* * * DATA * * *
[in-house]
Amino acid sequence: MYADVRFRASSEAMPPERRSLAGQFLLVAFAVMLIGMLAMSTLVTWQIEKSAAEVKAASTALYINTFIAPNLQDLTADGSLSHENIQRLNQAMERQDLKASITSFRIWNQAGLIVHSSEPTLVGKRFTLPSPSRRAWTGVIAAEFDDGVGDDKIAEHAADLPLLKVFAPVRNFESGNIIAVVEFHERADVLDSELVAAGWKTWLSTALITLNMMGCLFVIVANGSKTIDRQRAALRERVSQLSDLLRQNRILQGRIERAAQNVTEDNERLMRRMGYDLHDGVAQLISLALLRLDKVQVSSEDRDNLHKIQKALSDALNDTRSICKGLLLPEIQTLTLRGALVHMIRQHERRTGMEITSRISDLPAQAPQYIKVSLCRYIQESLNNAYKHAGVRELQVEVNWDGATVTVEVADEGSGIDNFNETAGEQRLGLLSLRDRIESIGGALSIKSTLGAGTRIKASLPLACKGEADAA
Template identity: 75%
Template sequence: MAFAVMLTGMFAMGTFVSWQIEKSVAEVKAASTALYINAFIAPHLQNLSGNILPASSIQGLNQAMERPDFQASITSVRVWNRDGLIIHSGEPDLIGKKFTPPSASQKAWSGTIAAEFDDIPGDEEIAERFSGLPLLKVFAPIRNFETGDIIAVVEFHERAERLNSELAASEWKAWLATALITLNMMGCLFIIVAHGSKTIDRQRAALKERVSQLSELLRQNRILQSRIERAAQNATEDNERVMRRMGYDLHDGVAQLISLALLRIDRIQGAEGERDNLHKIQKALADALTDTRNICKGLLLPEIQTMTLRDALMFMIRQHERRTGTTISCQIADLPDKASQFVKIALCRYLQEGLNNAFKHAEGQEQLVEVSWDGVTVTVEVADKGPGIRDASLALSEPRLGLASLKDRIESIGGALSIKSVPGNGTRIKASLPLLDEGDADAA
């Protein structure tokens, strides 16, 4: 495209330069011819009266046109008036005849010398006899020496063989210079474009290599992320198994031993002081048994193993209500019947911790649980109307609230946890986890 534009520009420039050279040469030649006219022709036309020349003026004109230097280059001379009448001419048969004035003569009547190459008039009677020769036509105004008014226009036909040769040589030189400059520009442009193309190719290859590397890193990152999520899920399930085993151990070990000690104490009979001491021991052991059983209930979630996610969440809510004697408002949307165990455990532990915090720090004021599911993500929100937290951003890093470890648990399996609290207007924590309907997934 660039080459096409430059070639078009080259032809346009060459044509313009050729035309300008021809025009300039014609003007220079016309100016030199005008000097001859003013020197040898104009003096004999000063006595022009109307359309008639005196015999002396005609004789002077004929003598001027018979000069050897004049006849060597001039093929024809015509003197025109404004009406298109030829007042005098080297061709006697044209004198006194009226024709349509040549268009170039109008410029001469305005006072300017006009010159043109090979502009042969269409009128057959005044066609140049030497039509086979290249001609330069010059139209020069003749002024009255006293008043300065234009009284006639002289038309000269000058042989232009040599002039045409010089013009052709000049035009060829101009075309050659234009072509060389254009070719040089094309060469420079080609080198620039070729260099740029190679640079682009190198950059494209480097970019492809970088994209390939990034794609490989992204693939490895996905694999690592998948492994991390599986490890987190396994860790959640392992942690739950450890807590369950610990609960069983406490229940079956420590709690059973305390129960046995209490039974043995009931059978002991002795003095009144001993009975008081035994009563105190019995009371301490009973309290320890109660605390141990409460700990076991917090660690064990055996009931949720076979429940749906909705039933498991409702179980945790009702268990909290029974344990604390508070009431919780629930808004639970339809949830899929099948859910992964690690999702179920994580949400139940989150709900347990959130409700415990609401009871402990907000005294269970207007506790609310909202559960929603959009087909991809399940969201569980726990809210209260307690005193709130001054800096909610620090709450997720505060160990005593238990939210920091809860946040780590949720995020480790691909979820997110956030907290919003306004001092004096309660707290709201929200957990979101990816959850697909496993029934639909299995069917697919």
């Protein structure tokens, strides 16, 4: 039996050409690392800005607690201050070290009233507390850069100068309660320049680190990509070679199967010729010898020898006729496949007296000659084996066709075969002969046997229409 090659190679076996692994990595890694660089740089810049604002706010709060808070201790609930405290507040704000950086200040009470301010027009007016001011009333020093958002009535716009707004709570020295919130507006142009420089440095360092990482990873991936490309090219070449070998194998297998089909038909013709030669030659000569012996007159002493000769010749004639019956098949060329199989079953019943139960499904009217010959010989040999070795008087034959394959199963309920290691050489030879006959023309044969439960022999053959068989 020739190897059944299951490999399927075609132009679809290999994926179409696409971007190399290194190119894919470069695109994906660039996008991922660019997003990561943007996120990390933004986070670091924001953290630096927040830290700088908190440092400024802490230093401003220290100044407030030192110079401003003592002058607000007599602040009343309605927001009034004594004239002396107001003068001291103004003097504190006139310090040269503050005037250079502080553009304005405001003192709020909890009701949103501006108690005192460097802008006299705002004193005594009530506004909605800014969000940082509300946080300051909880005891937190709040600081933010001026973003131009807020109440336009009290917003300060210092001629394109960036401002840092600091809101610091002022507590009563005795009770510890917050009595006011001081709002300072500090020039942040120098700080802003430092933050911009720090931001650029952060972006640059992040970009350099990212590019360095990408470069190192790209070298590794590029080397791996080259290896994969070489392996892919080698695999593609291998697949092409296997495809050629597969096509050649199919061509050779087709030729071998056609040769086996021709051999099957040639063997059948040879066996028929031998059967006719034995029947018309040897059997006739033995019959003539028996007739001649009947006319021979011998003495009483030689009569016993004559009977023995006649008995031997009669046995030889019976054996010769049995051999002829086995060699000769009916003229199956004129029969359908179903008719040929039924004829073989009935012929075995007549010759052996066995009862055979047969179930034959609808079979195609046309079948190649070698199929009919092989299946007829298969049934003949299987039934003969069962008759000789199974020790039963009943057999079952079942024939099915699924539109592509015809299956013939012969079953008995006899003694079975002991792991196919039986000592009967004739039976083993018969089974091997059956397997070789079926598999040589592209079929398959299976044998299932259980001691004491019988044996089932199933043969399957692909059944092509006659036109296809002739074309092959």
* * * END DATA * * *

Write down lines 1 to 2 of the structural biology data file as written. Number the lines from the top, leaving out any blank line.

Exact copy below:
[in-house]
Amino acid sequence: MYADVRFRASSEAMPPERRSLAGQFLLVAFAVMLIGMLAMSTLVTWQIEKSAAEVKAASTALYINTFIAPNLQDLTADGSLSHENIQRLNQAMERQDLKASITSFRIWNQAGLIVHSSEPTLVGKRFTLPSPSRRAWTGVIAAEFDDGVGDDKIAEHAADLPLLKVFAPVRNFESGNIIAVVEFHERADVLDSELVAAGWKTWLSTALITLNMMGCLFVIVANGSKTIDRQRAALRERVSQLSDLLRQNRILQGRIERAAQNVTEDNERLMRRMGYDLHDGVAQLISLALLRLDKVQVSSEDRDNLHKIQKALSDALNDTRSICKGLLLPEIQTLTLRGALVHMIRQHERRTGMEITSRISDLPAQAPQYIKVSLCRYIQESLNNAYKHAGVRELQVEVNWDGATVTVEVADEGSGIDNFNETAGEQRLGLLSLRDRIESIGGALSIKSTLGAGTRIKASLPLACKGEADAA